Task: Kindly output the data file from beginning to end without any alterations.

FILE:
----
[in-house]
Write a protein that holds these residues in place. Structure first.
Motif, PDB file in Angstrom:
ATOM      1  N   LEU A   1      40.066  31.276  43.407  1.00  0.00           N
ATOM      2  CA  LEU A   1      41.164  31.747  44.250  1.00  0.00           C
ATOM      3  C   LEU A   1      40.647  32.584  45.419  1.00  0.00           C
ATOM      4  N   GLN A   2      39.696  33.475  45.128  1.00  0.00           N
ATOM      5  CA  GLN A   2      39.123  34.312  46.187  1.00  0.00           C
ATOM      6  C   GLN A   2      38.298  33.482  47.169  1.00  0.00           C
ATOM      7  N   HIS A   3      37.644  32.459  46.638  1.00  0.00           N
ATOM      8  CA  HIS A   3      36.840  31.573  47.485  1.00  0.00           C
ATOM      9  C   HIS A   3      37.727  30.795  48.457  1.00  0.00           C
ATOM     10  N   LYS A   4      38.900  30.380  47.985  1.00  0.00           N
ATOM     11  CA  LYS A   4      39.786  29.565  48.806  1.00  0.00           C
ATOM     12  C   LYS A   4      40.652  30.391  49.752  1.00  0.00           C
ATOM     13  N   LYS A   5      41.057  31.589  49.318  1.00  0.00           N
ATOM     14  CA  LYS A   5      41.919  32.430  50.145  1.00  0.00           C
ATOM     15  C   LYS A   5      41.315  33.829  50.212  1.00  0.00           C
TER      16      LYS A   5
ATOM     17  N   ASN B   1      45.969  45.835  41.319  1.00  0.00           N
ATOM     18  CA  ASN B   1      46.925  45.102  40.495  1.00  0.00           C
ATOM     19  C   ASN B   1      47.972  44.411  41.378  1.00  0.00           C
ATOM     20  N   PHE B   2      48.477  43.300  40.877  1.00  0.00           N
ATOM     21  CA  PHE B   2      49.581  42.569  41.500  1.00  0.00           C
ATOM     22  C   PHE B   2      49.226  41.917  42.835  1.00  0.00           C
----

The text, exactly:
[in-house]
Write a protein that holds these residues in place. Structure first.
Motif, PDB file in Angstrom:
ATOM      1  N   LEU A   1      40.066  31.276  43.407  1.00  0.00           N
ATOM      2  CA  LEU A   1      41.164  31.747  44.250  1.00  0.00           C
ATOM      3  C   LEU A   1      40.647  32.584  45.419  1.00  0.00           C
ATOM      4  N   GLN A   2      39.696  33.475  45.128  1.00  0.00           N
ATOM      5  CA  GLN A   2      39.123  34.312  46.187  1.00  0.00           C
ATOM      6  C   GLN A   2      38.298  33.482  47.169  1.00  0.00           C
ATOM      7  N   HIS A   3      37.644  32.459  46.638  1.00  0.00           N
ATOM      8  CA  HIS A   3      36.840  31.573  47.485  1.00  0.00           C
ATOM      9  C   HIS A   3      37.727  30.795  48.457  1.00  0.00           C
ATOM     10  N   LYS A   4      38.900  30.380  47.985  1.00  0.00           N
ATOM     11  CA  LYS A   4      39.786  29.565  48.806  1.00  0.00           C
ATOM     12  C   LYS A   4      40.652  30.391  49.752  1.00  0.00           C
ATOM     13  N   LYS A   5      41.057  31.589  49.318  1.00  0.00           N
ATOM     14  CA  LYS A   5      41.919  32.430  50.145  1.00  0.00           C
ATOM     15  C   LYS A   5      41.315  33.829  50.212  1.00  0.00           C
TER      16      LYS A   5
ATOM     17  N   ASN B   1      45.969  45.835  41.319  1.00  0.00           N
ATOM     18  CA  ASN B   1      46.925  45.102  40.495  1.00  0.00           C
ATOM     19  C   ASN B   1      47.972  44.411  41.378  1.00  0.00           C
ATOM     20  N   PHE B   2      48.477  43.300  40.877  1.00  0.00           N
ATOM     21  CA  PHE B   2      49.581  42.569  41.500  1.00  0.00           C
ATOM     22  C   PHE B   2      49.226  41.917  42.835  1.00  0.00           C